Coronary CT angiography (CCTA) has been found to be more efficient than myocardial perfusion imaging (MPI) for emergency department (ED) patients presenting with acute chest pain, but many physicians are still turning to MPI, according to a study published in the American Journal of Roentgenology.
The authors examined Medicare Part B data from 2006 to 2015. Research showing the effectiveness of CCTA compared to MPI was published in 2011 and 2012.
Overall, there was “essentially no change” in the number of MPI examinations performed in EDs for Medicare patients presenting with acute chest pain; there were 22,342 in 2006 and 22,338 I 2015. The number of CCTA examinations increased significantly, however, jumping from more than 100 in 2006 to more than 1,900 in 2015. The number of stress echocardiograms also barely changed during this timeframe; 3,544 were performed in 2006 compared to 3,520 in 2015.
“The data indicate little change in the use of MPI and stress echocardiography in EDs over the period of study,” wrote lead author David C. Levin, with the department of radiology at Thomas Jefferson University Hospital in Philadelphia, and colleagues. “The use of CCTA has increased rapidly but still remains well below that of MPI and, to a lesser extent, stress echocardiography. The increase in CCTA use is appropriate, given the findings of three major randomized trials that included ED patients with chest pain.”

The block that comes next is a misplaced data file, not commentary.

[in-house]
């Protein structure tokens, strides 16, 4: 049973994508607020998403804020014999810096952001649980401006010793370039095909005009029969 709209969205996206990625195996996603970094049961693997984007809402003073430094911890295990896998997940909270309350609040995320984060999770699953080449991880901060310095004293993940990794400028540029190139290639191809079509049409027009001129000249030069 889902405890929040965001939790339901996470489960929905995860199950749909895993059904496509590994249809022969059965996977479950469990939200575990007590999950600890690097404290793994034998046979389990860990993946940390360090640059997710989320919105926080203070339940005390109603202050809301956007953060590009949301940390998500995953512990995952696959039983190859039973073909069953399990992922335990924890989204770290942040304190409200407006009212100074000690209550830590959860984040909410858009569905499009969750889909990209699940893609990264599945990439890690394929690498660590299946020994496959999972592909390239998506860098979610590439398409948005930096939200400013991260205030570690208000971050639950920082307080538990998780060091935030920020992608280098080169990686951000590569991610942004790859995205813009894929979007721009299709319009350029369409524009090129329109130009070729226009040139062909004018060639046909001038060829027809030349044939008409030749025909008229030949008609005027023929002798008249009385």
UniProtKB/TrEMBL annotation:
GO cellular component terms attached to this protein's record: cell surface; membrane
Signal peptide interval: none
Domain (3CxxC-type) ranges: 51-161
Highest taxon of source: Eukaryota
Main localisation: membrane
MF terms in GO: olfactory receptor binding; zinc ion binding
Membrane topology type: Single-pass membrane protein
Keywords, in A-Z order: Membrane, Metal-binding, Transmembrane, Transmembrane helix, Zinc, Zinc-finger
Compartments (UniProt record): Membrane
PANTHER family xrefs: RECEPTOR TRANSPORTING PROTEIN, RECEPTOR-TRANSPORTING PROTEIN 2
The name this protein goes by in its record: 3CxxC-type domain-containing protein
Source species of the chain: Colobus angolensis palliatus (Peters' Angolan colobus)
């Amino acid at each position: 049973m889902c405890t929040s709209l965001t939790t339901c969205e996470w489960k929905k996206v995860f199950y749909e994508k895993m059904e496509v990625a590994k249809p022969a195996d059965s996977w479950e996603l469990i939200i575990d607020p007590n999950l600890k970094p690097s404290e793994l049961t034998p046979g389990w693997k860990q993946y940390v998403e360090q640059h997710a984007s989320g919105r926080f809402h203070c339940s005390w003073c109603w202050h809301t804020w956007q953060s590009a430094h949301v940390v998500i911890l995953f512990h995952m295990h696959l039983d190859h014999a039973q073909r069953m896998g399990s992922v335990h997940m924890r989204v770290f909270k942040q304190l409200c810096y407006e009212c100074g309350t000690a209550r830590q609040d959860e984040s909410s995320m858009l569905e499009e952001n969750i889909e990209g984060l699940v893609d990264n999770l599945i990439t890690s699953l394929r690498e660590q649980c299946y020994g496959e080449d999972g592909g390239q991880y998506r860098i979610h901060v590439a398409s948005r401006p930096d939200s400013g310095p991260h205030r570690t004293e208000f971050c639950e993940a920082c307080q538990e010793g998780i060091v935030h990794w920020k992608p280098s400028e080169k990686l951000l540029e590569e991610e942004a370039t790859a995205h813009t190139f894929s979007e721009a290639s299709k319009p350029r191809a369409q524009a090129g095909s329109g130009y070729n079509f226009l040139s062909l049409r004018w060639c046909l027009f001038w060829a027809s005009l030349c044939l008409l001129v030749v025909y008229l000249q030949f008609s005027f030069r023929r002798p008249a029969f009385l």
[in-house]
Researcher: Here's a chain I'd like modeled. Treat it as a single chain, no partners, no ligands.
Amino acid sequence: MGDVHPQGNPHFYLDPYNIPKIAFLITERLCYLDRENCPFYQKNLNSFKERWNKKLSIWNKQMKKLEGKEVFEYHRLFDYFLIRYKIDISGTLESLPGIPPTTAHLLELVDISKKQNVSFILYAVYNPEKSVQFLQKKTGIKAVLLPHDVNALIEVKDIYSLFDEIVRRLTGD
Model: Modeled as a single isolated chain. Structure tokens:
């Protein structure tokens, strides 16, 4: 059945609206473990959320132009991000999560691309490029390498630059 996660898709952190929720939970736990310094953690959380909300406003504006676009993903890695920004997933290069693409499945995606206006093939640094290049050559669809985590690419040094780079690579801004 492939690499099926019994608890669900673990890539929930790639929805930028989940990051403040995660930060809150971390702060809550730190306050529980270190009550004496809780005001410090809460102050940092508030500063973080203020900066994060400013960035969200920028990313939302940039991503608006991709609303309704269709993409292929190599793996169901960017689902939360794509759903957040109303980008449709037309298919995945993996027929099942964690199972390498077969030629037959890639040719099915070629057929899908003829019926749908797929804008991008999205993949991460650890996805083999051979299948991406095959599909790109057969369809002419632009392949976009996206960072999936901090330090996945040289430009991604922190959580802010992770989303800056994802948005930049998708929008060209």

Levin et al. emphasized that chest pain is the second most common cause of patient visits to EDs in the United States, racking up approximately $12 billion annually. Previous studies have shown that CCTA can lead to a shorter length of stay in the ED, an increased likelihood of the patient being discharged directly from the ED and lower total ED costs.
The authors also highlighted a separate benefit to providers turning to CCTA. “Another important advantage of using CCTA to evaluate patients with chest pain in the ED is that if it is performed as a so-called triple rule-out examination it can be used to exclude other causes of acute chest pain, such as pulmonary embolism, aortic dissection, pericardial effusion, and pneumothorax,” the authors wrote. “MPI and stress echocardiography cannot be used for that purpose.”
Radiologists, Levin and colleagues concluded, interpret a majority of CCTA examinations performed in EDs and they have an opportunity to “educate their emergency medicine colleagues” about the advantages of CCTA when evaluation ED patients with chest pain.